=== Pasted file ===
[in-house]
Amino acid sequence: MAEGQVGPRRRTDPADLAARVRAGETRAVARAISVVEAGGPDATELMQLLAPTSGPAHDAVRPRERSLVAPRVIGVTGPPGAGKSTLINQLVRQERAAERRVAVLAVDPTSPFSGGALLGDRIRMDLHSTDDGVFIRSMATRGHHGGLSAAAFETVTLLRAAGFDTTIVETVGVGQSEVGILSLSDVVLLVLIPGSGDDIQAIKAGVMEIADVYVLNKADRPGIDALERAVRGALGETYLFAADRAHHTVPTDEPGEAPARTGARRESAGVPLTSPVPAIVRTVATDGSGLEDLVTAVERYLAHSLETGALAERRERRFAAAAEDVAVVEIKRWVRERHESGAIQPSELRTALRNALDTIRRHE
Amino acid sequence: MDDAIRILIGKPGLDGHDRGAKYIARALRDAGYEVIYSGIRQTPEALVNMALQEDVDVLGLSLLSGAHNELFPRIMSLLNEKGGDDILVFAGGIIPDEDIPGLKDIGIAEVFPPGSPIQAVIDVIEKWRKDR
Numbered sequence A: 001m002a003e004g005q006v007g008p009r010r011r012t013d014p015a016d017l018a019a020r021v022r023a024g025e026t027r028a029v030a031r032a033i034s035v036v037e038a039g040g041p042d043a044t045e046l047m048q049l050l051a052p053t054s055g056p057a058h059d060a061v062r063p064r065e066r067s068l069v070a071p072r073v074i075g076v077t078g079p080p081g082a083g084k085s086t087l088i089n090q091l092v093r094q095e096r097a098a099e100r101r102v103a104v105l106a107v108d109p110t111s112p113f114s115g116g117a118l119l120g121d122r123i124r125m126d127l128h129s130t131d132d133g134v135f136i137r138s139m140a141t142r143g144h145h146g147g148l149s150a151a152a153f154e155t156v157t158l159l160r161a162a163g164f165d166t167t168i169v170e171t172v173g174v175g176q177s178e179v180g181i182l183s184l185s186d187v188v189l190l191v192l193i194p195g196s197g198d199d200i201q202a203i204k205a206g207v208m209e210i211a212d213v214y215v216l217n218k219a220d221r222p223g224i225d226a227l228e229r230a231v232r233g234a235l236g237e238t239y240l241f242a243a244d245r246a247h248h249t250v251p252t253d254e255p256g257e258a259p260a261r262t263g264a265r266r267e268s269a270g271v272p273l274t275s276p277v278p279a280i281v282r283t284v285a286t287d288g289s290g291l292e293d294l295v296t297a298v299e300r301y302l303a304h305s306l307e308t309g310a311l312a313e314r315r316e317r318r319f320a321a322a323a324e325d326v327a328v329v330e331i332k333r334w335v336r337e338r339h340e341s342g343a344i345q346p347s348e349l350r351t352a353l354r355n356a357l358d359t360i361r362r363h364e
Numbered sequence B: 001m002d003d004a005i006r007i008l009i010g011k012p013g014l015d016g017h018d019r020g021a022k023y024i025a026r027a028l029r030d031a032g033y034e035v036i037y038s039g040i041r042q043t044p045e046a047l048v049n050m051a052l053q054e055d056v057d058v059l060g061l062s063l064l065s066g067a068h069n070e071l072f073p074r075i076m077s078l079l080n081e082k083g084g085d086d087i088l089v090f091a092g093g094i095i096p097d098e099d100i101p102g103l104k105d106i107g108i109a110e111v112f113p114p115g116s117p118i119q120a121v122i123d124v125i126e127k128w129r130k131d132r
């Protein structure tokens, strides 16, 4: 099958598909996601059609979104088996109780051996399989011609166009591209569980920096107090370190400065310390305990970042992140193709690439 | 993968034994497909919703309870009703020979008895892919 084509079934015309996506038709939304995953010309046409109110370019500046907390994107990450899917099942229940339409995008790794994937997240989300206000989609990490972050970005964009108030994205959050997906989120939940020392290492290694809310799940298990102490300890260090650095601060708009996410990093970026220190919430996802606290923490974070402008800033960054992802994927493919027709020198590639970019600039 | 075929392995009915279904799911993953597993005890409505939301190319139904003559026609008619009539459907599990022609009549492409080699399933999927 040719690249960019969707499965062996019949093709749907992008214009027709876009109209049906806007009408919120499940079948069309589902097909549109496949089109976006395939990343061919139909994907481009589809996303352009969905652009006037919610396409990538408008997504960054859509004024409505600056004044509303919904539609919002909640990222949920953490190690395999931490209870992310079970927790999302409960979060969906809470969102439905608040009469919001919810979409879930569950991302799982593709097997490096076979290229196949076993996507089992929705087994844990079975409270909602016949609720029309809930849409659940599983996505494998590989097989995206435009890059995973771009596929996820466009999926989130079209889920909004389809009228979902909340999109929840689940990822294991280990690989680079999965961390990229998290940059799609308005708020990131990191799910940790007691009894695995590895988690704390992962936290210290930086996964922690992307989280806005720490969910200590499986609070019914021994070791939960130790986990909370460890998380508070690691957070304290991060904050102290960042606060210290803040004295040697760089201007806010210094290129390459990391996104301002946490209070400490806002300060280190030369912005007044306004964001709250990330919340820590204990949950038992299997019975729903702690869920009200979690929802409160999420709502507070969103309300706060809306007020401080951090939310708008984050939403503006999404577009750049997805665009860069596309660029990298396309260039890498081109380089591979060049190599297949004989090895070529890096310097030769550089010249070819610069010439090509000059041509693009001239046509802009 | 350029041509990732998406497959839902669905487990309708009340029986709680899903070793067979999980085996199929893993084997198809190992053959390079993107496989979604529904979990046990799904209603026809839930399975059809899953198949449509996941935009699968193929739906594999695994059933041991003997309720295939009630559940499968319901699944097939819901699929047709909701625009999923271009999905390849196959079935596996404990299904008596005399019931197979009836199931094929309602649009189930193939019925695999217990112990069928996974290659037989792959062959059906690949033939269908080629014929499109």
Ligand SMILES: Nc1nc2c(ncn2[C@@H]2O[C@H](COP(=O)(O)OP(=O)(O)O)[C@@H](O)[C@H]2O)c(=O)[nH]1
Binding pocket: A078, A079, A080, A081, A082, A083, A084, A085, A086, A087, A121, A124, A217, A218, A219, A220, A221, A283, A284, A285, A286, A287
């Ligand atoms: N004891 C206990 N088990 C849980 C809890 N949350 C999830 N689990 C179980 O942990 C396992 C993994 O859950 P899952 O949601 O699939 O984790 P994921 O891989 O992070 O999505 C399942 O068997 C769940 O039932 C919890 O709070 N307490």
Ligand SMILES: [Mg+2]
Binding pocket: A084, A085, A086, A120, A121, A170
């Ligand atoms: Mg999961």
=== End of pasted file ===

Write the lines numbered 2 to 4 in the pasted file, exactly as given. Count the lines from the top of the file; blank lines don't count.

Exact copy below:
Amino acid sequence: MAEGQVGPRRRTDPADLAARVRAGETRAVARAISVVEAGGPDATELMQLLAPTSGPAHDAVRPRERSLVAPRVIGVTGPPGAGKSTLINQLVRQERAAERRVAVLAVDPTSPFSGGALLGDRIRMDLHSTDDGVFIRSMATRGHHGGLSAAAFETVTLLRAAGFDTTIVETVGVGQSEVGILSLSDVVLLVLIPGSGDDIQAIKAGVMEIADVYVLNKADRPGIDALERAVRGALGETYLFAADRAHHTVPTDEPGEAPARTGARRESAGVPLTSPVPAIVRTVATDGSGLEDLVTAVERYLAHSLETGALAERRERRFAAAAEDVAVVEIKRWVRERHESGAIQPSELRTALRNALDTIRRHE
Amino acid sequence: MDDAIRILIGKPGLDGHDRGAKYIARALRDAGYEVIYSGIRQTPEALVNMALQEDVDVLGLSLLSGAHNELFPRIMSLLNEKGGDDILVFAGGIIPDEDIPGLKDIGIAEVFPPGSPIQAVIDVIEKWRKDR
Numbered sequence A: 001m002a003e004g005q006v007g008p009r010r011r012t013d014p015a016d017l018a019a020r021v022r023a024g025e026t027r028a029v030a031r032a033i034s035v036v037e038a039g040g041p042d043a044t045e046l047m048q049l050l051a052p053t054s055g056p057a058h059d060a061v062r063p064r065e066r067s068l069v070a071p072r073v074i075g076v077t078g079p080p081g082a083g084k085s086t087l088i089n090q091l092v093r094q095e096r097a098a099e100r101r102v103a104v105l106a107v108d109p110t111s112p113f114s115g116g117a118l119l120g121d122r123i124r125m126d127l128h129s130t131d132d133g134v135f136i137r138s139m140a141t142r143g144h145h146g147g148l149s150a151a152a153f154e155t156v157t158l159l160r161a162a163g164f165d166t167t168i169v170e171t172v173g174v175g176q177s178e179v180g181i182l183s184l185s186d187v188v189l190l191v192l193i194p195g196s197g198d199d200i201q202a203i204k205a206g207v208m209e210i211a212d213v214y215v216l217n218k219a220d221r222p223g224i225d226a227l228e229r230a231v232r233g234a235l236g237e238t239y240l241f242a243a244d245r246a247h248h249t250v251p252t253d254e255p256g257e258a259p260a261r262t263g264a265r266r267e268s269a270g271v272p273l274t275s276p277v278p279a280i281v282r283t284v285a286t287d288g289s290g291l292e293d294l295v296t297a298v299e300r301y302l303a304h305s306l307e308t309g310a311l312a313e314r315r316e317r318r319f320a321a322a323a324e325d326v327a328v329v330e331i332k333r334w335v336r337e338r339h340e341s342g343a344i345q346p347s348e349l350r351t352a353l354r355n356a357l358d359t360i361r362r363h364e